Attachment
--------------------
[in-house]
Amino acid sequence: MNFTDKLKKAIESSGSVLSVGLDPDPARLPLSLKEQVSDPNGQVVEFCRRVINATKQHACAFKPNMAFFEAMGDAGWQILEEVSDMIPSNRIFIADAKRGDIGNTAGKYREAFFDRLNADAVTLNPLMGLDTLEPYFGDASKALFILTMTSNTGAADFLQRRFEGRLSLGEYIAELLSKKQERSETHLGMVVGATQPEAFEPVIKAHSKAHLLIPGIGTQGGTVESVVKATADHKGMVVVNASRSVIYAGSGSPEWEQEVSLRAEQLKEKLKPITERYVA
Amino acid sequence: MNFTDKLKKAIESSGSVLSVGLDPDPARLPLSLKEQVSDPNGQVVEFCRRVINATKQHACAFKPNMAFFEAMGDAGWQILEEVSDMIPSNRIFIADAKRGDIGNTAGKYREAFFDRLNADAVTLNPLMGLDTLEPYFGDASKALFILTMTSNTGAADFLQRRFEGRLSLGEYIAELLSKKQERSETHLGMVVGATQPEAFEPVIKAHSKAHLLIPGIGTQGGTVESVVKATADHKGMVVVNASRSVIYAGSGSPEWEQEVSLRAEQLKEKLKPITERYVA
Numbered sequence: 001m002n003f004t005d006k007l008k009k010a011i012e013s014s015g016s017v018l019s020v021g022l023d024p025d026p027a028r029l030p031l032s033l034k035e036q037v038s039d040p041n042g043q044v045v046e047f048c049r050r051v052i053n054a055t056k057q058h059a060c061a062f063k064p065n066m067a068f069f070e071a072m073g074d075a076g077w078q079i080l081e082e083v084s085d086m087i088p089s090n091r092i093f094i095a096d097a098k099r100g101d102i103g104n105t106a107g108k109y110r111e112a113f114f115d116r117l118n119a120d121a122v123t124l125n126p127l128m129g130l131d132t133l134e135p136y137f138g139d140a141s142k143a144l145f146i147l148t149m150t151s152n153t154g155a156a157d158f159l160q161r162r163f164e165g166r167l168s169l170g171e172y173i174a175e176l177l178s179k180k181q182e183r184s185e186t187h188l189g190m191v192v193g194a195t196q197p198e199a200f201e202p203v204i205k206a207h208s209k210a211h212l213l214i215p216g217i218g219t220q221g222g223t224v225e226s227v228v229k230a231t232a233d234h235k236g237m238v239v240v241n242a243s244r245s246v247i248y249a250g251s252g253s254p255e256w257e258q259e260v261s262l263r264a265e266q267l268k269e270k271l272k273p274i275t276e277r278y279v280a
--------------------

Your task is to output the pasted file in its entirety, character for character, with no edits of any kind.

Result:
[in-house]
Amino acid sequence: MNFTDKLKKAIESSGSVLSVGLDPDPARLPLSLKEQVSDPNGQVVEFCRRVINATKQHACAFKPNMAFFEAMGDAGWQILEEVSDMIPSNRIFIADAKRGDIGNTAGKYREAFFDRLNADAVTLNPLMGLDTLEPYFGDASKALFILTMTSNTGAADFLQRRFEGRLSLGEYIAELLSKKQERSETHLGMVVGATQPEAFEPVIKAHSKAHLLIPGIGTQGGTVESVVKATADHKGMVVVNASRSVIYAGSGSPEWEQEVSLRAEQLKEKLKPITERYVA
Amino acid sequence: MNFTDKLKKAIESSGSVLSVGLDPDPARLPLSLKEQVSDPNGQVVEFCRRVINATKQHACAFKPNMAFFEAMGDAGWQILEEVSDMIPSNRIFIADAKRGDIGNTAGKYREAFFDRLNADAVTLNPLMGLDTLEPYFGDASKALFILTMTSNTGAADFLQRRFEGRLSLGEYIAELLSKKQERSETHLGMVVGATQPEAFEPVIKAHSKAHLLIPGIGTQGGTVESVVKATADHKGMVVVNASRSVIYAGSGSPEWEQEVSLRAEQLKEKLKPITERYVA
Numbered sequence: 001m002n003f004t005d006k007l008k009k010a011i012e013s014s015g016s017v018l019s020v021g022l023d024p025d026p027a028r029l030p031l032s033l034k035e036q037v038s039d040p041n042g043q044v045v046e047f048c049r050r051v052i053n054a055t056k057q058h059a060c061a062f063k064p065n066m067a068f069f070e071a072m073g074d075a076g077w078q079i080l081e082e083v084s085d086m087i088p089s090n091r092i093f094i095a096d097a098k099r100g101d102i103g104n105t106a107g108k109y110r111e112a113f114f115d116r117l118n119a120d121a122v123t124l125n126p127l128m129g130l131d132t133l134e135p136y137f138g139d140a141s142k143a144l145f146i147l148t149m150t151s152n153t154g155a156a157d158f159l160q161r162r163f164e165g166r167l168s169l170g171e172y173i174a175e176l177l178s179k180k181q182e183r184s185e186t187h188l189g190m191v192v193g194a195t196q197p198e199a200f201e202p203v204i205k206a207h208s209k210a211h212l213l214i215p216g217i218g219t220q221g222g223t224v225e226s227v228v229k230a231t232a233d234h235k236g237m238v239v240v241n242a243s244r245s246v247i248y249a250g251s252g253s254p255e256w257e258q259e260v261s262l263r264a265e266q267l268k269e270k271l272k273p274i275t276e277r278y279v280a